Criminal Procedures


What is an appellate brief?

If the defendant appeals his or her sentence, he is called the appellant (the person who appeals). The government then becomes the appellee (the person defending the original conviction or sentence). The defendant-appellant must file a brief that explains why the lower court erred during the trial process. The government-appellee will then file a brief that rebuts the defendant’s arguments and defends the rulings of the trial court.

Note that the word “brief” in this context is a misnomer, as briefs are often many pages long. Appellate courts have strict rules on the content of briefs, which is why many trial attorneys refer appeals to appellate lawyers—those lawyers who have special expertise in the appellate process.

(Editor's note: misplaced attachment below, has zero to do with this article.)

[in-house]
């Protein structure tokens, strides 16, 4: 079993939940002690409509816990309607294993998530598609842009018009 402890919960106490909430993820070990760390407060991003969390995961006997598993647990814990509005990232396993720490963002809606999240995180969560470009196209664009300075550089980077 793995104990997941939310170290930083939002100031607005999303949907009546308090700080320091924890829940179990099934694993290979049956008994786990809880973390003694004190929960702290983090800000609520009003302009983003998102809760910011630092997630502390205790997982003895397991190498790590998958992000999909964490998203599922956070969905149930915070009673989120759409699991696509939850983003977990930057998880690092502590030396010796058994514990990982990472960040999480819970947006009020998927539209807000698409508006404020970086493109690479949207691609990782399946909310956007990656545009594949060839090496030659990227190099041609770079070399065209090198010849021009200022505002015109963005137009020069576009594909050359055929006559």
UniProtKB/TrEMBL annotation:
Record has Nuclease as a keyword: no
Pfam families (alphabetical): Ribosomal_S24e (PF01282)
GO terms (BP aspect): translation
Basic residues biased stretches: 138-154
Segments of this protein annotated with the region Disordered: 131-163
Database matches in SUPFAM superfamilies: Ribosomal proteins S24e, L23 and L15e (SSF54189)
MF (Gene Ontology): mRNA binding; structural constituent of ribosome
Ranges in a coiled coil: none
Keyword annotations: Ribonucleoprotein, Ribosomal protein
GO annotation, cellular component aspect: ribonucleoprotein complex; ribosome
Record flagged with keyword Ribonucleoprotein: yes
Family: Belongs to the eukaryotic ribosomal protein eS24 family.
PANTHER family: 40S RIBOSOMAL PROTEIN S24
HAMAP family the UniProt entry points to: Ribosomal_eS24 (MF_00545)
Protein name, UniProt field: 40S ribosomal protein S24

A convicted person can appeal the decision made in his or her case if the appelant feels adequate representation was not provided, or that the court made some sort of error (iStock).

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